Tag: Art and Existentialism


Film as Means for Integrating Opposites: A Review of David Lynchês “The Elephant Man”

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Joseph Merrick in the 1889 British Medical Journal. The gift of cinema is a holistic experience like no other art form. It engages every sense but smell and taste (unless you count when John Waters’ “Polyester” was being screened. Scratch and sniff cards were handed out at the theaters, like 3-D glasses, and not all… Read more »

Why are people looking to the arts for therapy? Because they want therapy!

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This is not a therapists office – but it’s a substitute Steve Almond, an author and MFA, says that writing workshops are taking the place of therapy sessions in modern culture.  Writing in the March 23 edition of The New York Times, the frequent workshop instructor says that over the years he’s seen people coming… Read more »

Existential dimensions of Kill Bill: despair, revenge, and the ruinous nature of hope.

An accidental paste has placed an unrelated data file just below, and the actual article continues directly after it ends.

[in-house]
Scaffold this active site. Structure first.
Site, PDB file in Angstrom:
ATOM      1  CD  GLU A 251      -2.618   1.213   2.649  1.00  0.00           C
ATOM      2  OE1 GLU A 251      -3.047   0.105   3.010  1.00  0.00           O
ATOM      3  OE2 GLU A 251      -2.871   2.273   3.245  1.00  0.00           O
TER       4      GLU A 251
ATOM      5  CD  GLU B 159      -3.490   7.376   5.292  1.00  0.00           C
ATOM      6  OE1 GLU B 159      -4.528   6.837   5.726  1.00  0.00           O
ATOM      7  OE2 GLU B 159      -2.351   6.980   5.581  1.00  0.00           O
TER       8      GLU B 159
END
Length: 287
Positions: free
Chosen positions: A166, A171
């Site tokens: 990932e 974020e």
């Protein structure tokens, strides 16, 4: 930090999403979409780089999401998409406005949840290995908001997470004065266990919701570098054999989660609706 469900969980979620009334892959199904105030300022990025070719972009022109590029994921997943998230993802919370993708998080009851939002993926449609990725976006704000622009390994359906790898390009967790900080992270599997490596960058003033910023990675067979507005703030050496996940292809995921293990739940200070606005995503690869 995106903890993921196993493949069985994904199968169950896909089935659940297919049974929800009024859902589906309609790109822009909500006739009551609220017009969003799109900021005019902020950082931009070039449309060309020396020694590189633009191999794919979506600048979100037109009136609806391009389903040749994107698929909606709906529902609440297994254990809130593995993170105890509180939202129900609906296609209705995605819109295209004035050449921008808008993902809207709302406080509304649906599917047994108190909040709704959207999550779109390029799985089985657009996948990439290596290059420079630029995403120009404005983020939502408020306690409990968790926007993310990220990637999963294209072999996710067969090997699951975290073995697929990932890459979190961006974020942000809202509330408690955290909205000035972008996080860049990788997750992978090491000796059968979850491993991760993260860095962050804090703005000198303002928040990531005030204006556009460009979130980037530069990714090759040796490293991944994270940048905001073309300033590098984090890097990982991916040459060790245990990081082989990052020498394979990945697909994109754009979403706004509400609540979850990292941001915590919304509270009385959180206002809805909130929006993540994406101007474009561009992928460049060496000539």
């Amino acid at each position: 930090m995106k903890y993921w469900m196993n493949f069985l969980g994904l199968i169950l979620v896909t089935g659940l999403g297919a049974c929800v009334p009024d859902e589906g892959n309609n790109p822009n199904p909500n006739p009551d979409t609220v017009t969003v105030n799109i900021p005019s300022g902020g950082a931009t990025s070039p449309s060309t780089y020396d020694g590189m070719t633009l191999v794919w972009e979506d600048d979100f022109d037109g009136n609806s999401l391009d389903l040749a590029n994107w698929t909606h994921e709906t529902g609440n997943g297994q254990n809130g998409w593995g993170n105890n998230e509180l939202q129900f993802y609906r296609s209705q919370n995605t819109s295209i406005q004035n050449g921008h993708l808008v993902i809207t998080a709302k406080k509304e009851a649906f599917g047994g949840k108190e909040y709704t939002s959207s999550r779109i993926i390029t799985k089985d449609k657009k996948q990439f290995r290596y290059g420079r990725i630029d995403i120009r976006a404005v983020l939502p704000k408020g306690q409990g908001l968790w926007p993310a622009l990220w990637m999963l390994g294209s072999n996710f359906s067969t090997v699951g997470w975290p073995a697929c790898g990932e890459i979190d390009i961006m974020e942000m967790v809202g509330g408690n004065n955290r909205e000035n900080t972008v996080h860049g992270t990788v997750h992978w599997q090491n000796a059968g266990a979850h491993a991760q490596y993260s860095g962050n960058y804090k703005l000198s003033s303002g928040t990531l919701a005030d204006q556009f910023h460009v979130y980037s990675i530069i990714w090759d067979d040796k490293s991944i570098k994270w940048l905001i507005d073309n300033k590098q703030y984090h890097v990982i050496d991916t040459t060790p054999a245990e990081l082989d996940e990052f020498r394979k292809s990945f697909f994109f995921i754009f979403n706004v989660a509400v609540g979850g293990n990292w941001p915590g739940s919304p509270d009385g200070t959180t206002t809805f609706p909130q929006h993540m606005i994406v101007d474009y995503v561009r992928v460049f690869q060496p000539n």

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In the titular movie, Beatrix Kiddo awakens after several years in a coma brought on by the treacherous actions of Bill, her former boss and lover and father to her child.  Both she and her child are presumed comfortably dead by Bill and his employees, the Deadly Viper Assassination Squad. But Kiddo is no longer… Read more »

Fame is a Dangerous Drug: A phenomenological glimpse of celebrity

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Photo by Luca Viscardi (Creative Commons License) Fame is a dangerous drug. I should know. I wrote the book on it — or, rather, the book chapter. That chapter, “Ready for the Close-up: Celebrity experience and the phenomenology of fame,” describes the dead-end cycle of fame’s merry-go-round through first-hand reports of celebrity experience in the… Read more »

–The Art of the Dubious Struggle”: Reflections on Occupy Wall Street

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Poster created by Rachel Schragis There is no escaping the national and global significance of the Occupy movements in New York, Oakland, and elsewhere. This is especially true for those of us who encounter Occupy events daily as witnesses or participants. Politico recently reported that since the advent of Occupy Wall Street there has been… Read more »

I am a computer, therefore I … laugh?

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He’s hilarious A new book is promoting a new, mechanistic, theory of why we laugh.  According to the authors of  Inside Jokes: Using Humor to Reverse-Engineer the Mind Human being have a sense of humor because the mind is a computer (“our brains are Chevy engines running Maserati software”) dedicated to constantly making sense of the… Read more »